Pitt, CMU Partner on MRI-based Brain Research

The renewal of a non-clinical research partnership between Pitt and Carnegie Mellon University begins this weekend with the intricate installation of a new MRI scanner in Mellon Institute on Fifth Avenue in Oakland.

Fifth Avenue, between Bellefield Avenue and Dithridge Street, is scheduled to close to vehicular traffic and parking starting Friday, March 22, at 7 p.m., through Monday, March 25, at 5 a.m. Pedestrian traffic also will be restricted around the building. 

The new 3-Tesla Siemens Prisma MRI scanner will be the centerpiece of a new joint Pitt/CMU neuroimaging research facility. The scanner is a purely research-dedicated system that will support major research projects at both schools, including studies on the neural basis of cognition, the developing brain, progression of dementia and the development of cutting-edge brain mapping technologies.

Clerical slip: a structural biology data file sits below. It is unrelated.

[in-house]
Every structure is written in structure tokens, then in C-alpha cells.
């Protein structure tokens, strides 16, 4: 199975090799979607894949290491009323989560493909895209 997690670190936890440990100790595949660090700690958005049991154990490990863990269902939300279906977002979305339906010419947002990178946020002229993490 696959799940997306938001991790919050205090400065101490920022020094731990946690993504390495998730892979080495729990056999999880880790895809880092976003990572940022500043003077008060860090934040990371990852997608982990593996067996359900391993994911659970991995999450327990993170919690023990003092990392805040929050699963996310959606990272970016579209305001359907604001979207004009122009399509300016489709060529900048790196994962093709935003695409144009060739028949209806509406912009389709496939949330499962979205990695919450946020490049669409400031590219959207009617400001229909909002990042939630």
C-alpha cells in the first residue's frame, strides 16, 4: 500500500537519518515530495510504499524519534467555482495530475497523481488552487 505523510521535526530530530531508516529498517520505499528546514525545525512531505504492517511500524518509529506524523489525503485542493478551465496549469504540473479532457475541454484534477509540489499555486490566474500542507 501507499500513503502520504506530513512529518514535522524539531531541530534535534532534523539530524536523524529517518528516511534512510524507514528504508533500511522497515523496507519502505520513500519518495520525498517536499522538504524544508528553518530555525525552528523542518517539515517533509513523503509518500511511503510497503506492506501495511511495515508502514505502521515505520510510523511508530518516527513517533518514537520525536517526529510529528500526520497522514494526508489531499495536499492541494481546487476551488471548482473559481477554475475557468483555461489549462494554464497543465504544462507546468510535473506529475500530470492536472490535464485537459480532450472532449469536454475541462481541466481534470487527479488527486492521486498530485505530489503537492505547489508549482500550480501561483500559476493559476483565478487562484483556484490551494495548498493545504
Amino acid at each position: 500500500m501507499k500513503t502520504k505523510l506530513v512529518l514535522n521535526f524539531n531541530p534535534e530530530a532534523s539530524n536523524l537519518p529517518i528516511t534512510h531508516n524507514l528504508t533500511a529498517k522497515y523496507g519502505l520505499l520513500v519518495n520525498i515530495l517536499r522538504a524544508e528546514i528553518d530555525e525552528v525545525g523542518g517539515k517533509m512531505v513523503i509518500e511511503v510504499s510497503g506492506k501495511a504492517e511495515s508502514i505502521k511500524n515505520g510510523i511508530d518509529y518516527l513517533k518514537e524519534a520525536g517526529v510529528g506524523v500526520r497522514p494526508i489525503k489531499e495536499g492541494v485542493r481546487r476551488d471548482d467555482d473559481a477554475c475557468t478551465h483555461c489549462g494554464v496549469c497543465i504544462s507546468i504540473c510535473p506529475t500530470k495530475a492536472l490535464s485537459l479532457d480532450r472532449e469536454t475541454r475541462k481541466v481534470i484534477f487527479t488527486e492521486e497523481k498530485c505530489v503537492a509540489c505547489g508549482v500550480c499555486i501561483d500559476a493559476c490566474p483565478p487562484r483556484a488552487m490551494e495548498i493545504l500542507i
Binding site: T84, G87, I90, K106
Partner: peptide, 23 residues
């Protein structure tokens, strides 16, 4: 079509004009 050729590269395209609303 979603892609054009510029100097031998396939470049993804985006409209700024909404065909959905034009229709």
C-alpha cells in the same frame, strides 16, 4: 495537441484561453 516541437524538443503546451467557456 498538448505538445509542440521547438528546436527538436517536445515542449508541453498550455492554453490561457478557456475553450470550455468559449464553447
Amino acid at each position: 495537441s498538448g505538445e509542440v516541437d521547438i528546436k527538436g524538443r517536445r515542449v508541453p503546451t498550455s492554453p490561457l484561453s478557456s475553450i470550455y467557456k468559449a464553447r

“This is exciting because it’s a renewed partnership between the two universities,” said Julie Fiez, chair of Pitt’s Department of Psychology. “We see this as the beginning of continued investment in working together in partnership where it makes sense. This is a way to scientifically strengthen everyone by sharing a center and its resources.”

The non-clinical research will be led by Pitt’s Walter Schneider, PhD, professor in the Department of Psychology, and CMU’s Timothy Verstynen, associate professor of Psychology and the Center for Neural Basis of Cognition. They will be supported by about 20 principal investigators from both Pitt and CMU.

The 30,000-pound scanner will be installed by a crane, which will be assembled on Fifth Avenue in front of Mellon Institute. Similar to a massive game of “Operation,” the crane will lift the scanner eight stories high and lower it through an opening cut in the roof into the new facility on the institute’s bottom floor.